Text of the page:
Why this radio station might actually lure younger listeners back to the radio – Press Enterprise

The great 91X experiment that saw San Diego’s XETRA (91.1 FM) become what the program director calls a “Format of One” is quite intriguing. Many observers try to pigeonhole the format by labeling it a “classic alternative,” but that misses the point… and frankly proves that many supposed insiders really don’t understand the format.

The station 91X, like here KROQ (106.7 FM), did not start as an alternative. This description is more recent and reflected a tightening of the playlist long after its initial success. The stations started out as Rock or Rock & New Wave and played music that was meant to be truly innovative, first heard here and later on other stations. Rick Carroll, the programmer who brought KROQ to its heyday in the 1980s and an early advisor when 91X adopted the format, actually considered it a top-40 form, but both stations were definitely close to mainstream.

To borrow the slogan from UCLA’s student radio station, the idea was that today they play “Tomorrow’s Sound,” the songs you’ll hear later on other stations. And it was true. KROQ and 91X were both early players of Prince, Pet Shop Boys, The Clash, English Beat, Duran Duran, The Cars, Sparks, The Police and Devo while still playing mainstream artists like The Rolling Stones and the Beach Boys.

Something happened along the way and I don’t know why. The playlist got tighter and tighter. After all, it wasn’t the station you listened to music on, months before it was played on other stations, but the music you only heard there.

So while observers have a point – there’s more “gold” in the 91X format now than there was before the switch, the reason has very positive potential. The added songs – mostly from the early 1980s instead of more recent alternative hits – are added in part because audiences loved them during an A-XYZ special the station ran, which played songs that hadn’t been played on air for years.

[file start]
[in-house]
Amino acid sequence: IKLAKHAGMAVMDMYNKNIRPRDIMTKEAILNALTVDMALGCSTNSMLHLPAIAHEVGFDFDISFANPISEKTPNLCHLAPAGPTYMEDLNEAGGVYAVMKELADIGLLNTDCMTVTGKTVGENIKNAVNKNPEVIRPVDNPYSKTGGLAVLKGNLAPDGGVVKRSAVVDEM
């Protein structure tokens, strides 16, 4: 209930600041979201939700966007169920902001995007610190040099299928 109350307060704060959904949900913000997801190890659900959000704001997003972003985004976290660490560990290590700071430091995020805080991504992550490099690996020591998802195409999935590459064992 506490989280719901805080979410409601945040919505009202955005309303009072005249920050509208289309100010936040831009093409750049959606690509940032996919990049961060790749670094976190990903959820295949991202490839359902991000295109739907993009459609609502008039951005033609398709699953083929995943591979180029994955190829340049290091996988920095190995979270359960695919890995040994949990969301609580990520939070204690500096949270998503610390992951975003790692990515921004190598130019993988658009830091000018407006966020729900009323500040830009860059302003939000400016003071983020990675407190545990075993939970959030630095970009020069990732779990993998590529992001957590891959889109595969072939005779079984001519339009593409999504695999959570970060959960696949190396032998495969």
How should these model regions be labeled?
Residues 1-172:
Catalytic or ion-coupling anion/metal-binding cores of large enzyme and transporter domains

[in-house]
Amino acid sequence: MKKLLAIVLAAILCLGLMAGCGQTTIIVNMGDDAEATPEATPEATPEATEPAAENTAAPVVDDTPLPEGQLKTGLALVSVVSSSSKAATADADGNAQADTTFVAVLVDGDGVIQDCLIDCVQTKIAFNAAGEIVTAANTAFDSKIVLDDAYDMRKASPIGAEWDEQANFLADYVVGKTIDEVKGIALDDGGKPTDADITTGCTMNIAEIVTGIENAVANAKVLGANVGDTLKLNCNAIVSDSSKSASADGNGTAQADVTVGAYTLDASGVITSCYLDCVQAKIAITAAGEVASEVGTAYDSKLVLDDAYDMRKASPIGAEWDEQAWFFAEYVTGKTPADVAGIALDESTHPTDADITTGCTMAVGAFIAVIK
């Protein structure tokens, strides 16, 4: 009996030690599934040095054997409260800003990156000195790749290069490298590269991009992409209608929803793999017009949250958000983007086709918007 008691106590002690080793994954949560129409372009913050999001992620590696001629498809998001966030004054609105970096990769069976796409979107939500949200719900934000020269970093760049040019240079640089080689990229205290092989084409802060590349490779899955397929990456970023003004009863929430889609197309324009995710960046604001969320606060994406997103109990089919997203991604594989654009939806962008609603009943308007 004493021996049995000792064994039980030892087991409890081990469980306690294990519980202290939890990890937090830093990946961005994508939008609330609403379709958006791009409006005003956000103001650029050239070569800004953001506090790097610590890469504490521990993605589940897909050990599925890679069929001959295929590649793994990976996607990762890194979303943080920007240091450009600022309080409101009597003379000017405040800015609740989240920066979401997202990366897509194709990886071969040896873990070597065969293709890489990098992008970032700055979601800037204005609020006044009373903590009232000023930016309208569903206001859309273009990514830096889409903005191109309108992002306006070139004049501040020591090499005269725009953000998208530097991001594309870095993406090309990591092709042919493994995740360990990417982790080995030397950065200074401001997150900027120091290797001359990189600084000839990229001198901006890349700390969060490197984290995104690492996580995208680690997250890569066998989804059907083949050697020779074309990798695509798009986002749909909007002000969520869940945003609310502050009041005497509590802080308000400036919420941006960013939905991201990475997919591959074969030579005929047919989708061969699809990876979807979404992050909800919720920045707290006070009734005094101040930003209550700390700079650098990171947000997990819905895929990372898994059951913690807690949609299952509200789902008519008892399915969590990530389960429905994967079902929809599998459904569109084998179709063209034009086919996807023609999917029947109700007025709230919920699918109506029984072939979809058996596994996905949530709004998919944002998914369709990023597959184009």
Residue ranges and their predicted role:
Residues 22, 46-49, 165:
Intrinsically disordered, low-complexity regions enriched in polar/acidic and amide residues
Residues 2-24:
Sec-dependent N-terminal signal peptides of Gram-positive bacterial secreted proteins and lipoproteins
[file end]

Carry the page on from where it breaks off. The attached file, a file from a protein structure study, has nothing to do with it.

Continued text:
And there’s the catch. Many listeners are so young that they have never heard the songs: Talking Heads. Adam Ant. Ramones. Red hot chili peppers. And when listeners respond positively to songs they’ve never heard before—new to them—it means there’s potential to add new songs without scaring them off, as programmers always fear. New music is new music.

91X has the potential to become a radio station that actually attracts younger people back to the radio. That would be a good thing. I’ll be watching closely…stations across the country will be too.

In this regard, the 91X website is well designed and fun to visit, easy to navigate and informative. Check it out at 91x.com.

Boss Radio Request Line

And I got a request I thought I’d share…

“I recently read your tribute article for Sam Riddle. I was hoping you could help me with one of my own puzzles. I am the owner of KHJ Boss Radio’s Surfin’Bird, a 1956 Thunderbird built by legendary customizer Bill Cushenbery and given away by the Boss Jocks in August 1966.

“By combing through well-known radio shows etc. I couldn’t find out who originally won the car. The promotion ended on August 8th with the announcement of the winner at the Dick Curtis 18-to-34 Show.


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